- Astounding me as well was the number of groups of lads “on tour”. Great groups of males in the 18 to 25 or so age range had obviously gotten straight off the bus and bounded right along to the nearest coffee house to get buddy. I passed so many boys walking along stating their one and only intention was to get high, evident from the, “Let’s go get blazed as fuck” outbursts overheard as I went by. Although it made me laugh it also made me feel a tad scathing; like this was them coming to experience Holland, purely for the sex and smoking.
- Now to a brief* (asterisk as I am never compendious) (have to insertation here: I always thought that little star was called “astrix”, like the French comic cartoon. However when the squiggly red line wiggled out beneath it – as does often whenever I am writing, what with my tendency to make up terminology – I Googled it and found out it is actually called an “asterisk”. Brain is blown right now) overview (well, overview-ish) of the “Dam days.
- After checking in to our hotel boat at 12pm we went around the markets, stopped off at a brewery for a beer and checked out all the souvenir shops. Returning home we came across a group of Germans, all made up of pairs. The group of us took up table and sipped back on swills, them all very much titillated by my go-to calimouche. “In Germany it’s called kalte muschi,” one Kathinka said. “It means “cold pussy”.” (This gave a lot of laughs throughout the night, especially later on at a bar where we went to watch one of the German girls take part in mike night the bar girl asked me if I wanted another drink; I responded, “I’m still soldiering through my cold pussy.” And later as the alcohol took a bit more hold I got all confused and started referring to it as “mushy pussy”). Before we went out yet another German pair pulled up pews, this time one guy and one girl from Freiburg. They had been hanging at a coffee shop and were hilariously high, pulling out cake and brownie and custard and what not and smashing back the lot. After they had finished their feast we all got to our feet and headed to a bar down the way.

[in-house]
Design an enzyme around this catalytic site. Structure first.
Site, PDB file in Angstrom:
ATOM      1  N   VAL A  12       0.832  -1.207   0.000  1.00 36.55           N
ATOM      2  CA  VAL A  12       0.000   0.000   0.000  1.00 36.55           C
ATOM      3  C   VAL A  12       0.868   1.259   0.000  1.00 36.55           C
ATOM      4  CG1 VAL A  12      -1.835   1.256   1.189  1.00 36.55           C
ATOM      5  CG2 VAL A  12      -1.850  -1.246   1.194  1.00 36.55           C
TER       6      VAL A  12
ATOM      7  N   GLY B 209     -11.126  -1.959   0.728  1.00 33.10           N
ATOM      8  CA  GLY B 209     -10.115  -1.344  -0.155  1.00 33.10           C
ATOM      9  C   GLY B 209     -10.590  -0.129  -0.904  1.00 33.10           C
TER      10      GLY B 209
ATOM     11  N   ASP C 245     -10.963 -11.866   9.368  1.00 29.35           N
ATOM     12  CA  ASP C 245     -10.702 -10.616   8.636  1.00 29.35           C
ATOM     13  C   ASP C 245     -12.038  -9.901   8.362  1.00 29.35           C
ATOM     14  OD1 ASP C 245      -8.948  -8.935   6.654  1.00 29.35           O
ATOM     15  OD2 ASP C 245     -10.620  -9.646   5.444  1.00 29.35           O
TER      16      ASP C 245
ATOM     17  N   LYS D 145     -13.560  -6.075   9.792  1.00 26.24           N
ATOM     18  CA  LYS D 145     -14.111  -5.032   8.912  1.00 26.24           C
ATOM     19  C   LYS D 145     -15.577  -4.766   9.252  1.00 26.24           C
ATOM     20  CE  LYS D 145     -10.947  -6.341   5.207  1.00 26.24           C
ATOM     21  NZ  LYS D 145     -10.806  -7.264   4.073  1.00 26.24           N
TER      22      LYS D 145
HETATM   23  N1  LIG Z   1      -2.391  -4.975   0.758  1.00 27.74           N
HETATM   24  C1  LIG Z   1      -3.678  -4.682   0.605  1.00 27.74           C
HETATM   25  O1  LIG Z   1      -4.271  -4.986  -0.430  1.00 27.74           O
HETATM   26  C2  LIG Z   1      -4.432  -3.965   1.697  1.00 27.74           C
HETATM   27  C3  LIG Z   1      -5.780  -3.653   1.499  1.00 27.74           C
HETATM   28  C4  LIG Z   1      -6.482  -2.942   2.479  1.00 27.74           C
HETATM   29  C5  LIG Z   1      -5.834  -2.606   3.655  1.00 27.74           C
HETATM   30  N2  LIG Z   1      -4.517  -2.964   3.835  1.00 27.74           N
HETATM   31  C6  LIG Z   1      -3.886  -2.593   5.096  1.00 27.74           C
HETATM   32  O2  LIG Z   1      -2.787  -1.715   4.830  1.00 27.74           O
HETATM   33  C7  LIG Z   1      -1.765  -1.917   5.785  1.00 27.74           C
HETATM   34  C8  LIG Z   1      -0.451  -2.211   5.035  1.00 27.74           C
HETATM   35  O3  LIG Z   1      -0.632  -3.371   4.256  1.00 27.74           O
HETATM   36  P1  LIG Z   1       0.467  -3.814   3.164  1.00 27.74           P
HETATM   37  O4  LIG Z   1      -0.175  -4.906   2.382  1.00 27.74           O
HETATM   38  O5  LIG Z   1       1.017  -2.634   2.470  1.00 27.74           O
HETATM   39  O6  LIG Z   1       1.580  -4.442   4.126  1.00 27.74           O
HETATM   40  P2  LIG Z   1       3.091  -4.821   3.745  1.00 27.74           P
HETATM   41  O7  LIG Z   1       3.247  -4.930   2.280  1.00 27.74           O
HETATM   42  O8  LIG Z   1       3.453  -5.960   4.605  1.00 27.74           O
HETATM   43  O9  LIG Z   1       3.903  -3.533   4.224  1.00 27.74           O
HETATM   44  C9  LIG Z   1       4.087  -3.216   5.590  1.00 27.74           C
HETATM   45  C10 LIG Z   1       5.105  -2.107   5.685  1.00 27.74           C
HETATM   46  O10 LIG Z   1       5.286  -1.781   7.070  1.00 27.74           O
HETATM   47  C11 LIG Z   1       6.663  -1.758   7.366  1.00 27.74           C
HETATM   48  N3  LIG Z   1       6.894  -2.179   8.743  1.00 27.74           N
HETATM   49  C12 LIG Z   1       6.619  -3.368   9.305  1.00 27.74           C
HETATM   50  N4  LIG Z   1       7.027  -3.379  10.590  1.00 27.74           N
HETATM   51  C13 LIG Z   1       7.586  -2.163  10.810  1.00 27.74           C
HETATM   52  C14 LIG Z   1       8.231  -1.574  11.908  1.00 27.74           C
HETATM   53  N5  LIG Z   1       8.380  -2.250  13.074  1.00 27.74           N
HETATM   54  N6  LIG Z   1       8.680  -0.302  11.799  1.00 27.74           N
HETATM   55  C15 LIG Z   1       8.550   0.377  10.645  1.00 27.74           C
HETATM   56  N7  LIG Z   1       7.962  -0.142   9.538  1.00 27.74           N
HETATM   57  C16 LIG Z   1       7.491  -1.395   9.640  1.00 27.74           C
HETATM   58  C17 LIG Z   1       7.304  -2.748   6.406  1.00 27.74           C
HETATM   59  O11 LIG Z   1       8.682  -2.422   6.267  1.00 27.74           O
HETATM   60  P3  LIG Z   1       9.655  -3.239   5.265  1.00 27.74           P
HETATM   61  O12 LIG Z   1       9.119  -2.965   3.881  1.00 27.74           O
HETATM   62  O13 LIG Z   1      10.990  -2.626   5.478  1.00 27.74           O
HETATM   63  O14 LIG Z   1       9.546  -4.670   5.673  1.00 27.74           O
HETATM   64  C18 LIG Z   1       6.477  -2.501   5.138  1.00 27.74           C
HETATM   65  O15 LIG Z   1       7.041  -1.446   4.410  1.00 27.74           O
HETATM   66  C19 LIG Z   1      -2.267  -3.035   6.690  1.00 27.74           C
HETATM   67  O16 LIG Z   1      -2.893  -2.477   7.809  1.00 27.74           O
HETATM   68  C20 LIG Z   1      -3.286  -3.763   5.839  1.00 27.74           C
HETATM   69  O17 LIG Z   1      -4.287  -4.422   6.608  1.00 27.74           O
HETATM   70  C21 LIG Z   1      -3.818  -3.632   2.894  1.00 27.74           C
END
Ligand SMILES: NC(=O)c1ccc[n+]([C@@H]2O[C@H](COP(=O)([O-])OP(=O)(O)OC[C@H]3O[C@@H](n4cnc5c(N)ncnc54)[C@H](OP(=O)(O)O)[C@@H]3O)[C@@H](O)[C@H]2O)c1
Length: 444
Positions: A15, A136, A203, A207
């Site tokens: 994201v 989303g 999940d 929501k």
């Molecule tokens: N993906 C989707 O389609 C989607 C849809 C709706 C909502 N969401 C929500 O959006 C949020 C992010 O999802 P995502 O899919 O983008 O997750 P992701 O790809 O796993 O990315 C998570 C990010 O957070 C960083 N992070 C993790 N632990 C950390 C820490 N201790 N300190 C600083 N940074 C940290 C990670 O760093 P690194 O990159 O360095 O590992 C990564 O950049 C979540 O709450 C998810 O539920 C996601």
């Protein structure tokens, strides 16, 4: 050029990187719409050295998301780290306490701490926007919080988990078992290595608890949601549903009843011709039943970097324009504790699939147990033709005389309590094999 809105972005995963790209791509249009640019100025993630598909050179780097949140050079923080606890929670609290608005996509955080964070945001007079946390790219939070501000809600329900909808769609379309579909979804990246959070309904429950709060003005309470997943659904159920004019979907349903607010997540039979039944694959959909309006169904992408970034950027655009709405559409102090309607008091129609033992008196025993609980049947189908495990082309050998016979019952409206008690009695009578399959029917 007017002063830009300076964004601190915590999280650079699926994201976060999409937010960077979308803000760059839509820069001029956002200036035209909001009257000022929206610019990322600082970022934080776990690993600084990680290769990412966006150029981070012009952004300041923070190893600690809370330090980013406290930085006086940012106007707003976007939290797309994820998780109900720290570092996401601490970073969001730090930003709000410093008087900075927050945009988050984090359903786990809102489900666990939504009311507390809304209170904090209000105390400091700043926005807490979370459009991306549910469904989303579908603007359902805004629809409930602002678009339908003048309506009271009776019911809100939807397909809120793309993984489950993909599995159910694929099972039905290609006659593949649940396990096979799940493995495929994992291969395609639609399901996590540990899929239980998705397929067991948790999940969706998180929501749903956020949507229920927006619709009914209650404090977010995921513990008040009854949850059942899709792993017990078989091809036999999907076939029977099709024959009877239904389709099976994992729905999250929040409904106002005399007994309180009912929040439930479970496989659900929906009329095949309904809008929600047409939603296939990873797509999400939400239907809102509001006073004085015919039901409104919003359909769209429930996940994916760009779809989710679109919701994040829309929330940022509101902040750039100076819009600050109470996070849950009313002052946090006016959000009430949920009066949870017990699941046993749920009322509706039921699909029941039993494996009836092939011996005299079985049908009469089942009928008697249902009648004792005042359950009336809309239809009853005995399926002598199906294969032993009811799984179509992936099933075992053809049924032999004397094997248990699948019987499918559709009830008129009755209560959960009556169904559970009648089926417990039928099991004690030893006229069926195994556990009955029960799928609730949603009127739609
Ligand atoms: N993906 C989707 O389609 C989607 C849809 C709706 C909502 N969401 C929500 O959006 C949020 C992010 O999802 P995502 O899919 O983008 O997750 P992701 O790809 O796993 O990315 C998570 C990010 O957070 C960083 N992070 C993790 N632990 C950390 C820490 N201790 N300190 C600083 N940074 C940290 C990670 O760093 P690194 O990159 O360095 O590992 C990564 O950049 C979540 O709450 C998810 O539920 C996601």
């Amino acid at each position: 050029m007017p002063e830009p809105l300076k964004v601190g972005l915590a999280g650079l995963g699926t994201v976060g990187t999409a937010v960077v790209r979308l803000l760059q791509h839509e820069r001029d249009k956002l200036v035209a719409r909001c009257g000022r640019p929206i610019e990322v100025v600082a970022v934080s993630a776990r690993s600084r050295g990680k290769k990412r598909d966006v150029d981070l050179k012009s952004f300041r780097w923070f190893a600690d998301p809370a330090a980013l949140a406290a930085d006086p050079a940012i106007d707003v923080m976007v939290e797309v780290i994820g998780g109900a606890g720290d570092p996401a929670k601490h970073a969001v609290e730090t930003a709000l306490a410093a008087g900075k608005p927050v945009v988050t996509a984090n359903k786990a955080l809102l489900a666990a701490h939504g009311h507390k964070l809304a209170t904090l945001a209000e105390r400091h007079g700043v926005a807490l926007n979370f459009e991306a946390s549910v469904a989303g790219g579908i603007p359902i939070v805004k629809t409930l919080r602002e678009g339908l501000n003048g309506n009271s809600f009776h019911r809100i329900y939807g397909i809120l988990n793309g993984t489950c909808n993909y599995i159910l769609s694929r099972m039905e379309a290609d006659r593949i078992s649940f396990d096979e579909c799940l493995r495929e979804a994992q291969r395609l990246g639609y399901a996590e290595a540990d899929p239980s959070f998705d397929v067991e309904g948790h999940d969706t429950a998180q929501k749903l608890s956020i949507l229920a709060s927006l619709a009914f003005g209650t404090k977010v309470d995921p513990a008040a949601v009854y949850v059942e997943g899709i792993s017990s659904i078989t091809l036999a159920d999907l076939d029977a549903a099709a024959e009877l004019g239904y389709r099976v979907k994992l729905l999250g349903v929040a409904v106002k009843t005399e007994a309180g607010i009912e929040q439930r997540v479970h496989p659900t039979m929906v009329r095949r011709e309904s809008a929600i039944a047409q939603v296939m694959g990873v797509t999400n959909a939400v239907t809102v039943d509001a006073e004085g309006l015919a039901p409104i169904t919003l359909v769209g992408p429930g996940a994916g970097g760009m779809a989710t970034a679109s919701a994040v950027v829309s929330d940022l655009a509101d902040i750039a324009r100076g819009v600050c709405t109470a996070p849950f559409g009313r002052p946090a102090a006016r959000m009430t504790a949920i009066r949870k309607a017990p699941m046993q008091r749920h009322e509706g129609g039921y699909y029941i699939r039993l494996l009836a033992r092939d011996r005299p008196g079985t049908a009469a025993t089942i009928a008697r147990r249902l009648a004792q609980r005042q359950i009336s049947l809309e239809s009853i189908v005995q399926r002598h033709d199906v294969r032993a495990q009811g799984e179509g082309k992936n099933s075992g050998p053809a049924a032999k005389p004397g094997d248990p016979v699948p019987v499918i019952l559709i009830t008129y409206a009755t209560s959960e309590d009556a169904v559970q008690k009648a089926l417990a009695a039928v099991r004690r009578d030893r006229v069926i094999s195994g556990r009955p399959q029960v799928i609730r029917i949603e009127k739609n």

- And what a fun filled night we had! We hung at there for a fair few hours, yarning away and discussing nationality nuances (they were all very very very strict on the whole hold eye contact whilst “prost”-ing – if you don’t you curse yourself with seven years of bad sex, you see; and two of the German girls went a stride further, declaring that you must drink straight away before you touch the table, else no one will be getting lucky that night), celebrity lookalikes (ok ok, for all you FB friends and Insta followers, that was not James Franco – it was a lad called Rolf from Freiburg but he did look insanely similar to Oldmate Jameso) and plans for the next few days. After we roamed the RDL and visited the Bulldog coffee house where I went when in the ‘Dam with Contiki (made me really miss my matey Katie as that was where we first bonded as buds) (gettit?), meandered about the mistress marketplace (“That one looked like a little girl in a school photo!” I said of one of the woman, with her crimped hair – although I must say, I don’t know any primary school that allows crotchless undies and nipple tassels as appropriate school attire), came across a Danish sitcom film set (I don’t know what the plot was, but we all agree it looked pretty shitly story lined), got taught some thorny German words (my fav being “chuchachaschtli” as “cupboard”) and jointly hung on the dock (again, gettit?) before boarding the boat for bed.